Know More About Spotting and Birth Control
What’s the reason you’re on birth control pills? It’s obvious! To prevent unintended pregnancy. But wait! Before you first popped that pill, did you research information about the potential side effects it has on your body? Let’s learn more about spotting and birth control.
The unspoken side effects such as cancers and infertility issues related to birth control pills have resulted in many birth control lawsuits. There is an insufficient follow-up with doctors and the information which you should be getting from them. For instance, Yaz Birth Control Pills say that potassium levels should be checked after the first month, but most women do not know this. Read on for more about birth control pills and its side effects.
Common Causes of Spotting
Many times, spotting and birth control go together. The most common cause of spotting is associated with being on birth control pills. They are a combination of estrogen and synthetic progesterone hormones (progestin) that are tasked to stop ovulation from occurring and to shed the uterine lining monthly just in case. They are abortifacients; exactly as the name implies. They also change the consistency of cervical mucus and disrupt the implantation environment of the endometrial or uterine lining. When the uterine lining is thinning, accompanied by the changing levels of estrogen, breakthrough bleeding occurs.
Like any foreign object that enters your body, birth control pills wait for the body to get used to them and then new hormone levels are affected by them. Thus, spotting during intake of birth control is most likely to occur in the first couple of months after starting the pill. Also, missing doses or changing dose schedules can make hormones go haywire and induce spotting. Normally, bleeding should stop after a couple of months. If it doesn’t, it could be a sign of other causes.
Birth control pills cause hormonal changes. Let’s take a look at how they work inside your body. Most birth control pills are made with synthetic progesterone (progestin) and estrogen. What most women who take them don’t know or are not aware of is that these synthetic hormones enter the brain and affect blood pressure as well. The gonadotropins, the hormones responsible for your menstrual cycle, are shut down, preventing ovulation. However, some menstrual irregularities can improve, such as vaginal bleeding caused by PCOS. The question then becomes “Is it worth the dangers or are there other, safer approaches; without the side effects?”
Spotting during intake of birth controls can happen when there is a disruption in the hormone reception. Your body’s natural hormones bind to specific receptors that maintain hormonal balance. This is how your body is created to respond to hormones to keep you happy and healthy. But since BCPs are unnatural objects within the body, they can cause irregular processes and hormonal changes.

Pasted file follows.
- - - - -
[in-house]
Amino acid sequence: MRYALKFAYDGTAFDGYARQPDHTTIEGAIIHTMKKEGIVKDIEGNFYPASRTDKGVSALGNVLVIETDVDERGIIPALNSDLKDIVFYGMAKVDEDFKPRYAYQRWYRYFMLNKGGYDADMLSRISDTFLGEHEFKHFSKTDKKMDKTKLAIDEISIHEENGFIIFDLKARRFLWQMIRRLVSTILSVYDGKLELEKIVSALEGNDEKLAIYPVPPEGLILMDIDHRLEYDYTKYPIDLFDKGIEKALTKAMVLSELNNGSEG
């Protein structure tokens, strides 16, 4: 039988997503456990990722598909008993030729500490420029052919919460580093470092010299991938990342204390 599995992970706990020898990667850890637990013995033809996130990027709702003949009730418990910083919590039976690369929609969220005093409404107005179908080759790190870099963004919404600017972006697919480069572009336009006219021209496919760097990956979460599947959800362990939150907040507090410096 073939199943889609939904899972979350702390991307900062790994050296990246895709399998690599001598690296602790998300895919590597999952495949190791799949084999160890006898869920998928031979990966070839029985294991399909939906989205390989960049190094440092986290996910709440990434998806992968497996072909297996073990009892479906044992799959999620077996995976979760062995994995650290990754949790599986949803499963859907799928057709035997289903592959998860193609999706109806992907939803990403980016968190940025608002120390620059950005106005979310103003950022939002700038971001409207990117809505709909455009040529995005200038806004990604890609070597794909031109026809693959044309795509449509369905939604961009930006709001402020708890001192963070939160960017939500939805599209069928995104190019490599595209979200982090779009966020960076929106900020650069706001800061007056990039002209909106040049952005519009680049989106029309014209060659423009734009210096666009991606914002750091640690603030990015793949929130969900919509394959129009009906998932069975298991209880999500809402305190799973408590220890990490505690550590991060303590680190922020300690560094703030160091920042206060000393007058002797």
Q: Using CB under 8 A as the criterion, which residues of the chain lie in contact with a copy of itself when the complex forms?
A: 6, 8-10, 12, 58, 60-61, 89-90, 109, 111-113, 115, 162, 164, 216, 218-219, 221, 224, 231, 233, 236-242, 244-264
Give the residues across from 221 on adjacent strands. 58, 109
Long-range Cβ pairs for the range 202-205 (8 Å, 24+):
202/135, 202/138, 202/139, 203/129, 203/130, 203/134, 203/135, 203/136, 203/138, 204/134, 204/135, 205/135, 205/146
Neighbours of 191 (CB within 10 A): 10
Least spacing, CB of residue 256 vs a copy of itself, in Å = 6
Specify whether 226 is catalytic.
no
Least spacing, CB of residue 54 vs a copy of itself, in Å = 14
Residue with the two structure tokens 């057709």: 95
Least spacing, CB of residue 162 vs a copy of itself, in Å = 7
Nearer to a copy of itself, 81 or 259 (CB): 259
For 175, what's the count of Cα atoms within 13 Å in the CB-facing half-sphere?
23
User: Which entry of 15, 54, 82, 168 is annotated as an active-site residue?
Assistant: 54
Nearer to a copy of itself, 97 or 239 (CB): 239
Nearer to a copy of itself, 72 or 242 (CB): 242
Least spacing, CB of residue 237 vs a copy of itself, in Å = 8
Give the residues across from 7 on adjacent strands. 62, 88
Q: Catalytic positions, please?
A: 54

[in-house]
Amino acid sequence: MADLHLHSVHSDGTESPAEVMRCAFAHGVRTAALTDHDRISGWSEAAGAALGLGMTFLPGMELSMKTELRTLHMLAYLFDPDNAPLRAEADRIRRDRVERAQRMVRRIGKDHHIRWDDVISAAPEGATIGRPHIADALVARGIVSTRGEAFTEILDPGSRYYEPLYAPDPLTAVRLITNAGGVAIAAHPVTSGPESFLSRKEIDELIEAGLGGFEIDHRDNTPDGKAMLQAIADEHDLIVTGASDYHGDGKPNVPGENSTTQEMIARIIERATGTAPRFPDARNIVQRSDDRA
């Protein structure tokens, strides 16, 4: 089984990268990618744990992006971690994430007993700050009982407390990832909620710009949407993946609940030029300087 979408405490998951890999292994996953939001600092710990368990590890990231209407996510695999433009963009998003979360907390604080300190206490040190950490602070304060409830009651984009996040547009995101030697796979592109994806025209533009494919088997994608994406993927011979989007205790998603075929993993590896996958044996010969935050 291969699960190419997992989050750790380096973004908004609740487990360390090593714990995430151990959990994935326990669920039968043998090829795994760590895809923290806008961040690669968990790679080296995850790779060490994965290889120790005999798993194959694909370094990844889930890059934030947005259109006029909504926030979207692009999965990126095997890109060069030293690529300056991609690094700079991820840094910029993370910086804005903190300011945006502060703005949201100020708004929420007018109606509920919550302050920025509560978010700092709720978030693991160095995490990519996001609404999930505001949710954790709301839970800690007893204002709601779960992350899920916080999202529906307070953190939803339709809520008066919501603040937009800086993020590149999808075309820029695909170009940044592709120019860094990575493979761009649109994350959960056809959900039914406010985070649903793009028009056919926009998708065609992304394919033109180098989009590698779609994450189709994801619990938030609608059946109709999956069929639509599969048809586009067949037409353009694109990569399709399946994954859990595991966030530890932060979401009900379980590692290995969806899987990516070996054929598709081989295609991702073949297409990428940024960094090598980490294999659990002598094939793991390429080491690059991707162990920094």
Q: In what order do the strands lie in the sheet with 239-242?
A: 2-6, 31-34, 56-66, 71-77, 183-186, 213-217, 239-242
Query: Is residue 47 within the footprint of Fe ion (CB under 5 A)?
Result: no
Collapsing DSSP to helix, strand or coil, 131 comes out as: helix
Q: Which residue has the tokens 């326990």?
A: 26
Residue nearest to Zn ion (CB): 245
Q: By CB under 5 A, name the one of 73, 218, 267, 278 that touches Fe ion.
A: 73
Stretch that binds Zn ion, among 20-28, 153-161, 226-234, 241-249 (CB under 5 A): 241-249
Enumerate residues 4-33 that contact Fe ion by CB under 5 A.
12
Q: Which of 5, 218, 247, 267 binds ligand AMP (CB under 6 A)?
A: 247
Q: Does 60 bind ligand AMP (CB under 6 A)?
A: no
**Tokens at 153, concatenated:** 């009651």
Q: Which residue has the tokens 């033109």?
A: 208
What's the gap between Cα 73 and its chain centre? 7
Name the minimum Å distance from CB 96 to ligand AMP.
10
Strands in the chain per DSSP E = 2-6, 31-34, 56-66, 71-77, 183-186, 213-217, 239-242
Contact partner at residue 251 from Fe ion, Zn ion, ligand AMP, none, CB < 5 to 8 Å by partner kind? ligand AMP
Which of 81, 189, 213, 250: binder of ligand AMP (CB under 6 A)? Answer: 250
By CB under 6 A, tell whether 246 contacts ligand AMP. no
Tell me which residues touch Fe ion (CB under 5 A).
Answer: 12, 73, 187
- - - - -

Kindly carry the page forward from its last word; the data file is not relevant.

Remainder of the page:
Progesterone binds to the progesterone receptor, and testosterone binds to the testosterone receptor ( women do produce testosterone but not as much as men). However, this is not the case for Progestins. They do not limit binding with just the progesterone receptor but to other receptors as well. When this happens, inaccurate signals are transmitted, throwing the body off balance. The hormonal imbalance and side effects can be quite distressing for some women.
What Does Spotting Look Like?
What does spotting look like when you’re taking BCPs? Some women, with certain lifestyles, have found themselves dependent on BCP. If you’re one of them and are going through spotting during the intake of birth controls, you need to know what types of birth control are most likely to cause spotting, and therefore avoid using them.
What does spotting look like when under BCP?
- Spotting often occurs during the first few months after beginning the use of hormone-based birth control.
- Sometimes it is caused by the type of pill or the estrogen dose it contains.
- A consistent schedule is important. When you go off the scheduled time to take BCP, spotting may occur.
- Prolonged use of birth control can affect the uterine lining and cause bleeding.
- The use of an Intrauterine Device (IUD) for the first few days, even without progestin, can still cause spotting between periods.
- The Depo-Provera birth control injection works by shutting off the ovulation process. What you may not know is that in reality, these devices shut off ovulation 30% to 98% of the time, meaning that you still have a 2% to 70% chance of conceiving. Therefore, taking this injection could lead to a miscarriage or an abortion.
- Spotting may occur when using a birth control implant.
Birth control comes in many forms, including natural contraceptives, pills, chemical birth control, and hormonal method. With the rise of chemical birth control, the number of abortions performed has overwhelmingly increased without the knowledge of the risks involved. Be informed of abortifacients and the carcinogenic side effects of conjugated estrogens, Diethylstilbestrol (DES), Progesterone, 17-Beta Estradiol, Estrone, Mestranol, and Ethinyl Estradiol. Many times, doctors leave out this information from women wanting an abortion. Pregnancy might not come easy after employing chemical birth controls. However, when you desire pregnancy and stop the pill, you need to do body cleansing of the chemicals of the birth control pills.
Condoms, abstinence and natural family planning are great choices without dangerous chemical intervention to you (or your baby you might conceive without knowing). Whatever birth control method you use, it is always wise to consider your reproductive health, your future baby (if you still want to get pregnant), and your psychological well-being. Never make drastic decisions to relieve the moment’s anxieties and stress. Always remember, each decision always has a consequence. Choose wisely!